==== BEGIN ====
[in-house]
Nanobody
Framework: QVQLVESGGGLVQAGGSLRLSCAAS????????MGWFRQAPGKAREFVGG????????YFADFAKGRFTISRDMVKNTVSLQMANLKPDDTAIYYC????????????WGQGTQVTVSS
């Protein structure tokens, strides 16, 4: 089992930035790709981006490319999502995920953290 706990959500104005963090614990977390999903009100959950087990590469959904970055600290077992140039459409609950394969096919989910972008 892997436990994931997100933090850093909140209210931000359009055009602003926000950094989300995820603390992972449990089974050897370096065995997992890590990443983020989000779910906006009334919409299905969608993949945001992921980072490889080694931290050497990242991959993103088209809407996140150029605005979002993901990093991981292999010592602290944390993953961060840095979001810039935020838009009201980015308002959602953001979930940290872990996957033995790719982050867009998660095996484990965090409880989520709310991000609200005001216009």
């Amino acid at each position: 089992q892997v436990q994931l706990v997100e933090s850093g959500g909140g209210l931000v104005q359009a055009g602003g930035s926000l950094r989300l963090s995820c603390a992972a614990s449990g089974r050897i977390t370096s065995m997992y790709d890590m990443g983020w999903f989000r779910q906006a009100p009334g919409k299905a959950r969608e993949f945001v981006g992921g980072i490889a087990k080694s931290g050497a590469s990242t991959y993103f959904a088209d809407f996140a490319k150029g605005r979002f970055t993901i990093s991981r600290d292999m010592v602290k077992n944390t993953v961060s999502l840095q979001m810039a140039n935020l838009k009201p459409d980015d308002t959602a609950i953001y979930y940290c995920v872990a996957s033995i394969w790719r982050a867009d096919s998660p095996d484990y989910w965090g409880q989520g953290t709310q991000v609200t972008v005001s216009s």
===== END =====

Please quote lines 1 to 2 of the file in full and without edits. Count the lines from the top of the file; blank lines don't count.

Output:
[in-house]
Nanobody